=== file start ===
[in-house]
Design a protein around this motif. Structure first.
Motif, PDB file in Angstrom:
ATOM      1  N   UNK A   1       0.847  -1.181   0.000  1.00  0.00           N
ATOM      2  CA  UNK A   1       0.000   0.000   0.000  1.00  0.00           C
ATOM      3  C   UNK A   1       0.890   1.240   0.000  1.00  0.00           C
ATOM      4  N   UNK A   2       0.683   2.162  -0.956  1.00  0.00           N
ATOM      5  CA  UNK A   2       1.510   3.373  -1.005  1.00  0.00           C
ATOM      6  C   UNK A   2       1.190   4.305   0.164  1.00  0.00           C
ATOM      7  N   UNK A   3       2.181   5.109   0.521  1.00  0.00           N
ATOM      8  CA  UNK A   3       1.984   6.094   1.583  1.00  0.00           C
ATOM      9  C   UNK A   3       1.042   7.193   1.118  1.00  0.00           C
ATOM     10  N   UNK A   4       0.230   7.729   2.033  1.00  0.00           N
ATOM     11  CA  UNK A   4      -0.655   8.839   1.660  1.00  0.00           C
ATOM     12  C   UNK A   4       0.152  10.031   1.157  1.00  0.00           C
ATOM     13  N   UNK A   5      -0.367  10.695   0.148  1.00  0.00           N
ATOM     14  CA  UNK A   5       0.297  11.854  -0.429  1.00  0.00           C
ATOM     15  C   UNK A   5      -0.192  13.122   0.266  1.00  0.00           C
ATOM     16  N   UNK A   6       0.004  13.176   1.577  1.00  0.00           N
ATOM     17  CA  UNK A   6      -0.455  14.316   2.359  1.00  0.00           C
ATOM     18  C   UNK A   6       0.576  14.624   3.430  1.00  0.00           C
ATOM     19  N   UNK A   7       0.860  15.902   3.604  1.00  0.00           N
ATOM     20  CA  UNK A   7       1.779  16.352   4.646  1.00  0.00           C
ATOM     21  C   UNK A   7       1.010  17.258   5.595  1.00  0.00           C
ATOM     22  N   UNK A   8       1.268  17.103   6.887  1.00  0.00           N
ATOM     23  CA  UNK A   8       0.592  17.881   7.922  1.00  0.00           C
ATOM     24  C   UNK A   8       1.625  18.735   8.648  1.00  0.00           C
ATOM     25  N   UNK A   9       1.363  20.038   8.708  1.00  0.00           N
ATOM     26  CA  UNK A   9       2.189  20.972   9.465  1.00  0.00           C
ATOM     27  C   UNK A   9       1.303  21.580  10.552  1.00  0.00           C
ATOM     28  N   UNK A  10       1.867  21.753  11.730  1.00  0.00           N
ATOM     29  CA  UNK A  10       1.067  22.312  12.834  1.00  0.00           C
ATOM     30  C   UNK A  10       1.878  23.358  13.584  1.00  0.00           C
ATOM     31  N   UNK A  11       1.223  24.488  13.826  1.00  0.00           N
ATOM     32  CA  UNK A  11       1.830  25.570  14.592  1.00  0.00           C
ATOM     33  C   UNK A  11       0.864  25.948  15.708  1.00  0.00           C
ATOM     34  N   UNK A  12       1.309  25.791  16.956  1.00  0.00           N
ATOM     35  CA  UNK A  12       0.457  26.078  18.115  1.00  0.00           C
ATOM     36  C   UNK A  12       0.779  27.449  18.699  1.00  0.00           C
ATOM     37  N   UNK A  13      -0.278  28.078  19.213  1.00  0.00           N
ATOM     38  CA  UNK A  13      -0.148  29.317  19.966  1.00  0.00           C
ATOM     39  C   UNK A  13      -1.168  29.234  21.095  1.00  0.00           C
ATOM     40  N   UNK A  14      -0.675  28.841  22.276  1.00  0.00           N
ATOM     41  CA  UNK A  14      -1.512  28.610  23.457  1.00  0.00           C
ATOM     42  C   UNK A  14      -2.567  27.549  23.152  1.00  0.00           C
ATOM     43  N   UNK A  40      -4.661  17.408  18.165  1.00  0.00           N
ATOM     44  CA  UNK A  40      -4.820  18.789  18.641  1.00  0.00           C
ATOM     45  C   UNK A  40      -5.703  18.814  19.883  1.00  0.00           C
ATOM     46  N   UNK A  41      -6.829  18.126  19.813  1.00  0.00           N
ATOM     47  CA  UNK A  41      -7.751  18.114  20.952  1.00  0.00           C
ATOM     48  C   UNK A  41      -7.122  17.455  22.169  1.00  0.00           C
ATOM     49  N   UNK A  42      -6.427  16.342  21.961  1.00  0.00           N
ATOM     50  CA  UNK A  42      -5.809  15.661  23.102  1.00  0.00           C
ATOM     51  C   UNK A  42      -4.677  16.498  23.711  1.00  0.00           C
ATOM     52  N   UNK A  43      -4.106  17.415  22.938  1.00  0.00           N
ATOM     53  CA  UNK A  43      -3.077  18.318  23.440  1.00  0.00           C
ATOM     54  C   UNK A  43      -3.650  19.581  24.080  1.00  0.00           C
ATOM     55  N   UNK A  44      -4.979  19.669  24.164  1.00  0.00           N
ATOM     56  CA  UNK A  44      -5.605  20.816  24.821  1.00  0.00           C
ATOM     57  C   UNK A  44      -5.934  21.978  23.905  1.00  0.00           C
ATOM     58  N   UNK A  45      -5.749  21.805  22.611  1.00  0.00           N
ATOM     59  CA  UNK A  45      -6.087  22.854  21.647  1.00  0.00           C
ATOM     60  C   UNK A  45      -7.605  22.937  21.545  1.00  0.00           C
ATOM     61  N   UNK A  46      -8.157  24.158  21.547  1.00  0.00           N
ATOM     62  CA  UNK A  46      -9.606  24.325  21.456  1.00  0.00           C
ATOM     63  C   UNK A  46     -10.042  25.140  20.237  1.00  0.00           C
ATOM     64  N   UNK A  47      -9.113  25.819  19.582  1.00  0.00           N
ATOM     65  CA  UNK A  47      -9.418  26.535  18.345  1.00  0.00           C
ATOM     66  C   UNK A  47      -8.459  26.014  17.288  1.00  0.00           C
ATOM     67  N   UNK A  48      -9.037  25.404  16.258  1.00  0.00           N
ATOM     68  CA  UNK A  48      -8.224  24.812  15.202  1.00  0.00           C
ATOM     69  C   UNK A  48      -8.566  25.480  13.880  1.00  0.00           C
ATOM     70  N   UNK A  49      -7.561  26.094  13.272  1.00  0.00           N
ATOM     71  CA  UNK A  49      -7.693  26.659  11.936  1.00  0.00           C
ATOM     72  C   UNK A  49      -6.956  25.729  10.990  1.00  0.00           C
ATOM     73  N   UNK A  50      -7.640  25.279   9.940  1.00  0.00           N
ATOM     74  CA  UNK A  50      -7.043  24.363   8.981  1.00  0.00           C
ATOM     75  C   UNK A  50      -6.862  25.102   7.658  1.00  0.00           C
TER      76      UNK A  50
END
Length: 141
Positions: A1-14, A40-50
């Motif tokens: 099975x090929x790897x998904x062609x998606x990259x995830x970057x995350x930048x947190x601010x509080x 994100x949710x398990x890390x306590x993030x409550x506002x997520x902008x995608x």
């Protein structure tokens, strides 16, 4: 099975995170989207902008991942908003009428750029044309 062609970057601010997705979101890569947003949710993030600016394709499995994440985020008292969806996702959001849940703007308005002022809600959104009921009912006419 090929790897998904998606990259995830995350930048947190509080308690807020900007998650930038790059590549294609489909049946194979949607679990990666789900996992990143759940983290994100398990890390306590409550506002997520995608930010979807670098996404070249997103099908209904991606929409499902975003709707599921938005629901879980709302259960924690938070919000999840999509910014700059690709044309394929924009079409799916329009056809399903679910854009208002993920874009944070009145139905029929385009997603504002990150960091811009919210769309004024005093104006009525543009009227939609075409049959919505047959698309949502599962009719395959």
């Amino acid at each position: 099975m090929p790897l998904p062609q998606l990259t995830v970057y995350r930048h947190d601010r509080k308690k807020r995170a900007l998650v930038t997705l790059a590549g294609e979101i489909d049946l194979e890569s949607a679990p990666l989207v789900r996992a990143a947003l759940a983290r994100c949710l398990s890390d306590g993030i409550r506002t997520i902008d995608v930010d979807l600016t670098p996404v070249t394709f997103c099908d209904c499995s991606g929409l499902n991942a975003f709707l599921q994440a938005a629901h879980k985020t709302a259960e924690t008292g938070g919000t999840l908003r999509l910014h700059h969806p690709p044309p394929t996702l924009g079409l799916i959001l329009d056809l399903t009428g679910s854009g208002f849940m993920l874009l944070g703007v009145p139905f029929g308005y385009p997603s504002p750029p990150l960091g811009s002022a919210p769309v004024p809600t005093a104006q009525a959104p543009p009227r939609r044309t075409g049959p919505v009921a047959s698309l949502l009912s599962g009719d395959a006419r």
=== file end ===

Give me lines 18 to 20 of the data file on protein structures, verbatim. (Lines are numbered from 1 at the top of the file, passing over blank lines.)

ATOM     15  C   UNK A   5      -0.192  13.122   0.266  1.00  0.00           C
ATOM     16  N   UNK A   6       0.004  13.176   1.577  1.00  0.00           N
ATOM     17  CA  UNK A   6      -0.455  14.316   2.359  1.00  0.00           C